Colorado Springs will pay a contractor to take care of its vehicles in 2014, a move that could leave 70 city workers unemployed.
The city expects to begin negotiations on a contract with an international automotive fleet management company to maintain the city's 4,500 vehicles and pieces of equipment, including police squad cars and Colorado Springs Utilities vehicles. The company's name was not disclosed, but it has a U.S. headquarters with a parent company overseas.
Negotiations with the automotive company could take about 90 days. If successful, the private firm would likely begin Jan. 1, 2014.
News of the outsourcing was announced Monday to the city's 70-member fleet management team. At least one employee left the meeting in tears.
"It was emotional for many of them," said Laura Neumann, chief of staff for Mayor Steve Bach.
"They are very proud of the service they have provided - it was a difficult meeting,"
But the decision to outsource wasn't personal nor was it an indictment on the fleet maintenance crew's performance, she said. It's a business decision and part of the city's larger reorganization efforts.
The city has reduced staff in recent years. Last year the city outsourced some of its snowplowing crews and laid off six employees and eliminated 13 positions from streets, planning and finance departments.
"This would be the most significant outsourcing of an entire department," Neumann said.
In recent town hall meetings, Bach said he was committed to outsourcing to save the city money. His attention turned to fleet management last summer.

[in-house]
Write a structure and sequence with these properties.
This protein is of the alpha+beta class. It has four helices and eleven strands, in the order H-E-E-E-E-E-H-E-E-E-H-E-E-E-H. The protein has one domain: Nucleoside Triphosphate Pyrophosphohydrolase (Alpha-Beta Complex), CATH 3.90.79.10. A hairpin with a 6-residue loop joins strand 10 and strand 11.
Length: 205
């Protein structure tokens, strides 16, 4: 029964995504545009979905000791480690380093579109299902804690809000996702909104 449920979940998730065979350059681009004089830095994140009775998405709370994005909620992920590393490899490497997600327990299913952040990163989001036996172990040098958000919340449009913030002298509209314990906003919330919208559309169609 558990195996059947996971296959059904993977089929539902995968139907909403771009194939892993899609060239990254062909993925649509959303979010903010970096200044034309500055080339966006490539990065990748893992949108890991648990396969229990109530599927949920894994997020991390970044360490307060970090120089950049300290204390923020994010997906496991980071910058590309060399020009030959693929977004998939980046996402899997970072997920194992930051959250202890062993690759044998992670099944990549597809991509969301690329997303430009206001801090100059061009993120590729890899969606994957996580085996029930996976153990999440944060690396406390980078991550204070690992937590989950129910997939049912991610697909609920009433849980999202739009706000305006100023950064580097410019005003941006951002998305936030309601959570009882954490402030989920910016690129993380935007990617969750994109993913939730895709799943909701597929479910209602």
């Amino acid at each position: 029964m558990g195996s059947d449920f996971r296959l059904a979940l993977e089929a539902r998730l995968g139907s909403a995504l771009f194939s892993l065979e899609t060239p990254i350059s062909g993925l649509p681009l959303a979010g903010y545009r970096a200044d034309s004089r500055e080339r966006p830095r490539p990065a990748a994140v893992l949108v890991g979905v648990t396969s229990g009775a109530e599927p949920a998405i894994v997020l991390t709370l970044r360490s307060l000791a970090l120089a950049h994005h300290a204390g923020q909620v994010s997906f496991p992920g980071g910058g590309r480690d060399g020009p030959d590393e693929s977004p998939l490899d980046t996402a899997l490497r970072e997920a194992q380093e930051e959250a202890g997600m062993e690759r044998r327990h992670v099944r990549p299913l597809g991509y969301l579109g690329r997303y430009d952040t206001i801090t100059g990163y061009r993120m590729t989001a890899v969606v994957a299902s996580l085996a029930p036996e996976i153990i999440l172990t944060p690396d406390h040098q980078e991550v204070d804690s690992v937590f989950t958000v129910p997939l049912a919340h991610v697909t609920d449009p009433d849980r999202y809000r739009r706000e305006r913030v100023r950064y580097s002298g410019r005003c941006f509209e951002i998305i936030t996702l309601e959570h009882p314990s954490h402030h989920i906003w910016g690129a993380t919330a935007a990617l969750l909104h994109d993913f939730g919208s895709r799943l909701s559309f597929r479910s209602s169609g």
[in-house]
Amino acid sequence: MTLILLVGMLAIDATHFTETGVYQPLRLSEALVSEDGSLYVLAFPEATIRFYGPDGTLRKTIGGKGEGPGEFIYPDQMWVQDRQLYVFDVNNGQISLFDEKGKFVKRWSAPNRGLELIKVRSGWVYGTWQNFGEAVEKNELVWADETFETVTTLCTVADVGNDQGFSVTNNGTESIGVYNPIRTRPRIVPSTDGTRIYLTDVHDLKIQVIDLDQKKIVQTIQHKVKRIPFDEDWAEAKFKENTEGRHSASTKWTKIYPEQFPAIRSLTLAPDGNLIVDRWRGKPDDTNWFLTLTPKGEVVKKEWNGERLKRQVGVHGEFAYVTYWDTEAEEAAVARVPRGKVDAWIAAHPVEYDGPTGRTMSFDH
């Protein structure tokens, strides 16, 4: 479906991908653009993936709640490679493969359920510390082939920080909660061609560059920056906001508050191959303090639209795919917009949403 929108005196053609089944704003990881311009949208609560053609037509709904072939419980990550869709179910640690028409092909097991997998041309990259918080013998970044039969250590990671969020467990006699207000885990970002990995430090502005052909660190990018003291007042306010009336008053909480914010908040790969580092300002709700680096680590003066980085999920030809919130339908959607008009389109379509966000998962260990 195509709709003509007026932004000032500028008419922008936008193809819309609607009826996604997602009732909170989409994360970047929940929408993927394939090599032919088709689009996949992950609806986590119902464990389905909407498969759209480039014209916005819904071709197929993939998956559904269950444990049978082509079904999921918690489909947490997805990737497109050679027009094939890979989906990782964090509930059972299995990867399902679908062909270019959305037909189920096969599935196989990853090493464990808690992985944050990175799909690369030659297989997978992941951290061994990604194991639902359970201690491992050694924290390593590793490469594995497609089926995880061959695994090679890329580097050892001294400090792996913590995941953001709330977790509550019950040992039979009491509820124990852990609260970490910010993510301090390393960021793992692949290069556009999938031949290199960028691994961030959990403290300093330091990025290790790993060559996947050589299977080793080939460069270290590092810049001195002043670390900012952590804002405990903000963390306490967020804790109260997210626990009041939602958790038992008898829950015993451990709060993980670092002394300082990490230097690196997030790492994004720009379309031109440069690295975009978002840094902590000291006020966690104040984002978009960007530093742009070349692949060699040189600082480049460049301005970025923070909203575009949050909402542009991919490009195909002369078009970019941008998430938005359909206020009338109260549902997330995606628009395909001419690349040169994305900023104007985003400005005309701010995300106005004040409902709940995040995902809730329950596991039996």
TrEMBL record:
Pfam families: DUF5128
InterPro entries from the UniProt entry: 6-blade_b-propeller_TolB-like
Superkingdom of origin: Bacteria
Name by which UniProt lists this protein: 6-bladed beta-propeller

The explored whether the private sector could maintain the city's 50 types of equipment and vehicles for less money than the city was paying. This year, the city budgeted $16.2 million for the fleet management department. Outsourcing was listed as a "breakthrough strategy" in the 2013 budget with plans for the city to contract out fleet management by the end of 2013.
The city estimates it could save $2 million over three years -saving that could be spent in areas more visible to the community, such as parks or bus service, Neumann said.
Meanwhile, the automotive company, in its interview with the city for the job, expressed interest in hiring some of the city's staff, Neumann said.
Employees who are not hired by the firm will receive a severance package of one week of pay for every year of service up to eight years and six months of health and dental coverage. An employee hired by the firm would get half of that package. The city expects to spend about $700,000 the first year in severance and other separation costs. Human resources officials are looking into how to deal with sick days accrued by the employees. Typically, accrued sick days are paid out when a city employee retires.
Over the years, the city's fleet management program has earned high marks from the Government Fleet Magazine, which named Colorado Springs fleet management department in the Top 10 of 100 top government fleet management departments in 2012 for outstanding performance.
Bruce McCormick, Colorado Springs Utilities chief energy services officer, said the decision to outsource was never about performance. It was about saving money. One potential benefit in contracting with a national and international automotive management firm is long-term cost savings, he said.
"A contractor with national expertise and connections to parts and markets can be leveraged for further savings into the future," he said.
Of the 4,500 city vehicles and pieces of equipment, about 1,600 are specialized utilities vehicles. Utilities had considered doing its own fleet management or at least a mix of inhouse and outsourcing. But the best option was for the city and utilities to partner on the contract, McCormick said.
"The preferred firm does have the technical expertise," he said.
The city's fleet management team mostly works out of a facility on Fontanero Street. The automotive firm expressed interest in taking over that facility, Neumann said. And while it would be up to the private firm where it buys its auto parts, the firm did say it would look into doing business with local vendors, she said.